The Iraq War was a protracted armed conflict that began with the invasion of Iraq on March 20, 2003, 1½ years after the traumatic 9/11 attacks, by a U.S.-led coalition.
The invasion began with a “shock and awe” bombing campaign. Iraqi forces were quickly overwhelmed as U.S. forces swept through the country. The invasion led to the collapse of the Ba’athist government of Saddam Hussein, who was captured in December 2003 and executed by a military court three years later.
But the war continued for much of the next decade as an insurgency emerged to oppose the occupying forces and the post-invasion Iraqi government. Worse still, Saddam’s former military officers morphed into ISIS, which became the Islamic State. (See “Blowback: ISIS leaders are former officers of Saddam Hussein’s army”) Although the United States officially withdrew from Iraq in 2011, we became re-involved in 2014 as the Iraqi government proved itself unable to cope with ISIS.
Altogether, the Iraq War exacted a toll of hundreds of thousands in casualties:
- An estimated 151,000 to 600,000 Iraqis were killed in the first 3–4 years of conflict.
- 6,045 Americans were killed: 4,491 soldiers; 1,554 contractors. Additionally, 76,106 Americans were wounded: 32,226 soldiers; 43,880 contractors.
The Iraq War cost the U.S. government more than $845 billion — $720 million a day, if one takes into account the long-term health care for veterans, interest on debt and replacement of military hardware, according to Nobel Prize-winning economist Joseph E. Stiglitz and Harvard public finance professor Linda Bilmes.
The George W. Bush administration based its rationale for war principally on the assertion that Iraq possessed weapons of mass destruction (WMDs) — yellow-cake uranium poison gas, biological weapons — and that Saddam’s government posed an immediate threat to the United States and its coalition allies. Saddam was also accused of of harboring and supporting al-Qaeda, the terrorist group identified as the instigator of 9/11.
The rationale for the Iraq War has since been discredited. But a newly-declassified report to the then-Joint Chiefs of Staff provides even more evidence that the Bush administration went to war with, at best, flimsy evidence of Iraq’s WMDs — a war in which 6,045 Americans lost their lives.
John Walcott, adjunct professor in the Walsh School of Foreign Service at Georgetown University, reports for Politico, Jan. 24, 2016, that on September 9, 2002, as the Bush administration began its public-opinion campaign for an invasion of Iraq, a classified report from Defense Secretary Donald Rumsfeld landed on the desk of the chairman of the Joint Chiefs of Staff (JCS), Air Force General Richard Myers.
The report began with these words:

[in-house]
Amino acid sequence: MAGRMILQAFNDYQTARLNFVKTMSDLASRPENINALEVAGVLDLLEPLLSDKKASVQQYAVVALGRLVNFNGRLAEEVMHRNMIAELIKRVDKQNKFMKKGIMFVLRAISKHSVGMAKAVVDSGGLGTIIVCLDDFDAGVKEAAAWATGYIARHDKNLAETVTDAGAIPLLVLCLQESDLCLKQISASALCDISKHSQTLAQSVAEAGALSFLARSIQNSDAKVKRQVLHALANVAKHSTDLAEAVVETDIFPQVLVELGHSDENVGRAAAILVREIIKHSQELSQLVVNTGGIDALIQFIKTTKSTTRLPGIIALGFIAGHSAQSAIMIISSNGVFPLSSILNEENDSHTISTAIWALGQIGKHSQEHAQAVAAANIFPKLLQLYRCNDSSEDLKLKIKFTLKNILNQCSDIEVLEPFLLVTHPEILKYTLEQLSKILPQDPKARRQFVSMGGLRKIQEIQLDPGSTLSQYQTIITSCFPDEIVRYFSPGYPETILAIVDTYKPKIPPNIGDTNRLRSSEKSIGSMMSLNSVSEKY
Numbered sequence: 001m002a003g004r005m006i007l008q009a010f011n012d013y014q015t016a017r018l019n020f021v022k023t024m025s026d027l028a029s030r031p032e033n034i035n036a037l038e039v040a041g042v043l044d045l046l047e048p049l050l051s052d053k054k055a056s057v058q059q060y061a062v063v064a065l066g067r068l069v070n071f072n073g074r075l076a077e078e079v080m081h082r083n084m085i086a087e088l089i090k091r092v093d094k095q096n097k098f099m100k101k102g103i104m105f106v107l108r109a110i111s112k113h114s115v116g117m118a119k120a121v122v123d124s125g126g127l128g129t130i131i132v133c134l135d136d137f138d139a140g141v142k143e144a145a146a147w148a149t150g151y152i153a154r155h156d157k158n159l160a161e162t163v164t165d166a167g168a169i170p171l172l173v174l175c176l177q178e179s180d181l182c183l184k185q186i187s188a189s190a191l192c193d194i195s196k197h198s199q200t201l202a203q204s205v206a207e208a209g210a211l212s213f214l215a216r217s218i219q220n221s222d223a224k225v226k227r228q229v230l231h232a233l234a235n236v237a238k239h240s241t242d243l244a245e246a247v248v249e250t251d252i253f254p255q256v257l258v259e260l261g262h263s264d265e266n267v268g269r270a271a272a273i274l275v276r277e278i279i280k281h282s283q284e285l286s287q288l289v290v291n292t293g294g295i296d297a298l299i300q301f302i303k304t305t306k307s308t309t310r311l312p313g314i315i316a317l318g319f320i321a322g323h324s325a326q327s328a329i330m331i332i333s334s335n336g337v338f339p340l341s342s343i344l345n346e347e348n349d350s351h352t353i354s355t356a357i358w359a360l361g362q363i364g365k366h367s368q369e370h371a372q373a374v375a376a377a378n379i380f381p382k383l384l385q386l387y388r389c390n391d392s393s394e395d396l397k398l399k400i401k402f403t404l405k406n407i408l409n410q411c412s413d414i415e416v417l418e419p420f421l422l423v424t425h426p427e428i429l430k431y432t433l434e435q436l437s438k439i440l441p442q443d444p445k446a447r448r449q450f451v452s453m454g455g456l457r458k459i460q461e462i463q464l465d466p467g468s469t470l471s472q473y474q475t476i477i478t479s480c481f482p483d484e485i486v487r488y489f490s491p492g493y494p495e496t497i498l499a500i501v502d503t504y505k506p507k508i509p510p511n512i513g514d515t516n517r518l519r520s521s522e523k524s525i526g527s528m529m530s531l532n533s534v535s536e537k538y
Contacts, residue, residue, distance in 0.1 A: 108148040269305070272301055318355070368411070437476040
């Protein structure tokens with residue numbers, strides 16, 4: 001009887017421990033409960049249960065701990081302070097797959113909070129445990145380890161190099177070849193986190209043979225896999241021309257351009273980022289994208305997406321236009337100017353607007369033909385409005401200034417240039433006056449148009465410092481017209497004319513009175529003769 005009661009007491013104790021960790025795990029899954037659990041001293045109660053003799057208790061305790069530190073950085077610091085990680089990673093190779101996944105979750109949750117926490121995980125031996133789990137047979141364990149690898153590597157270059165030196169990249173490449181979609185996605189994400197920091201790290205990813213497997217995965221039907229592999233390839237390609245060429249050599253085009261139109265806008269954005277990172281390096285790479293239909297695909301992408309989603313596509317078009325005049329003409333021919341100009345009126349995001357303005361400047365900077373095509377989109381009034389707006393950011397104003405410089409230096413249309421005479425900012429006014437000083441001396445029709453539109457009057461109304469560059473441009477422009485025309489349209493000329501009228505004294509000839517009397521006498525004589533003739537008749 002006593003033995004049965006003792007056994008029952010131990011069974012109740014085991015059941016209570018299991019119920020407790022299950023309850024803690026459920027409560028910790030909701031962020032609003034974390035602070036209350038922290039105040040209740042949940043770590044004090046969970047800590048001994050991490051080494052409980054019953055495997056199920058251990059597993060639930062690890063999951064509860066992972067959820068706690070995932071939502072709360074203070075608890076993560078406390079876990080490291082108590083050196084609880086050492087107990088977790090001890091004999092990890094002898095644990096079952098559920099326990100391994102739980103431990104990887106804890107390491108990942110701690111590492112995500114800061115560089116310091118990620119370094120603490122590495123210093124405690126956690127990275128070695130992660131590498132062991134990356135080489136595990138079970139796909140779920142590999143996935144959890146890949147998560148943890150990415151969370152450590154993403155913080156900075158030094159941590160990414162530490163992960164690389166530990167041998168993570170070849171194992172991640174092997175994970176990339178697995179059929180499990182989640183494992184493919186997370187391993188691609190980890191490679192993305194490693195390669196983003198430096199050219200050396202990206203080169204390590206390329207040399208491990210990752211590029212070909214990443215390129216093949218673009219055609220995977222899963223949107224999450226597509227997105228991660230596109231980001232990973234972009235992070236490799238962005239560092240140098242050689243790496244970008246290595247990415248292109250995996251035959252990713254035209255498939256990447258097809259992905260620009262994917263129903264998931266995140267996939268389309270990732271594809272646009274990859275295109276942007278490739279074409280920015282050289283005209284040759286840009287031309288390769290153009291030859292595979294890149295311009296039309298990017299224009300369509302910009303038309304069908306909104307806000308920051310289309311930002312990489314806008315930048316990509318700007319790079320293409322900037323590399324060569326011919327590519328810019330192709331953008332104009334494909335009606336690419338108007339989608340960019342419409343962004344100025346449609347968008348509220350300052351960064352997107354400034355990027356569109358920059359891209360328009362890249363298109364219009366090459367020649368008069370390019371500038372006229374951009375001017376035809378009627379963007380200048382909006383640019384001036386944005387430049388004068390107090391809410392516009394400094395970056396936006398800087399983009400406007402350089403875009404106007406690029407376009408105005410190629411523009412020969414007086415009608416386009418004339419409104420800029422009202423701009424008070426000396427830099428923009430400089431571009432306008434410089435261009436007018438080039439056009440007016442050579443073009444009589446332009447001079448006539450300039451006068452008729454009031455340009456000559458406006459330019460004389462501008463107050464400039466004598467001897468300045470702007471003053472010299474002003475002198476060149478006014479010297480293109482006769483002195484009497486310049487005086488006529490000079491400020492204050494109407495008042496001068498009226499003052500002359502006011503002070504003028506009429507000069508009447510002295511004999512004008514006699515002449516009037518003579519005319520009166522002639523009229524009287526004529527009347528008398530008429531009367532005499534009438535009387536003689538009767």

“Please take a look at this material as to what we don’t know about WMD. It is big.”
The report was an inventory of what U.S. intelligence didn’t know about Iraqi weapons of mass destruction. The report admitted that what the U.S. didn’t know about Iraq’s WMD program ranged from 0% to about 75%. While the threat posed by a nuclear-armed Iraq was at the heart of the administration’s case for war, the JCS report conceded that:
“Our knowledge of the Iraqi (nuclear) weapons program is based largely—perhaps 90%—on analysis of imprecise intelligence.”
Myers already knew about the report because the Joint Staff’s director for intelligence had prepared it. Clearly, Rumsfeld’s urgent tone conveyed how seriously he viewed the report’s potential to undermine the Bush administration’s case for war.
But neither Rumsfeld nor Myers shared the 8-page report with key members of the administration such as then-Secretary of State Colin Powell or top officials at the CIA, according to multiple sources at the State Department, White House and CIA who agreed to speak on condition of anonymity. Instead, the report disappeared, and with it a potentially powerful counter-narrative to the administration’s argument that Saddam Hussein’s nuclear, chemical and biological weapons posed a grave threat to the U.S. and its allies, which was beginning to gain traction in major news outlets, led by the New York Times.
A month after Rumsfeld’s note to Myers, on October 7, 2002, Bush appeared at a VFW hall in Cincinnati, where he declared without reservation: Iraq “possesses and produces chemical and biological weapons. It is seeking nuclear weapons.” In February 2003, Powell appeared before the UN General Assembly to make the administration’s case, with CIA Director George Tenet sitting behind him:
“My colleagues, every statement I make today is backed up by sources, solid sources. These are not assertions. What were giving you are facts and conclusions based on solid intelligence.”
Below are screenshots of the 8-page report, preceded by Rumsfeld’s memo to Myers, and Director for Intelligence Major Gen. Glen Shaffer’s memo to the JCS (source: Politico). I supplied the red-color emphasis.
The Bush administration invaded Iraq — a war that cost the lives of 6,045 Americans and over $845 billion — with the justification that Saddam had Weapons of Mass Destruction and was an imminent threat to U.S. security, although both the U.S. Defense Secretary and the Joint Chiefs of Staff knew we had only flimsy hard evidence — that U.S. intelligence depended “heavily on analytic assumptions and judgment rather than hard evidence” and that “We don’t know with any precision how much we don’t know.”
Let that thought sink in . . . .
Meanwhile, the Neo-con warmongers in Congress are fast-tracking a resolution to give Obama unlimited war-making powers — unrestricted in time or geography.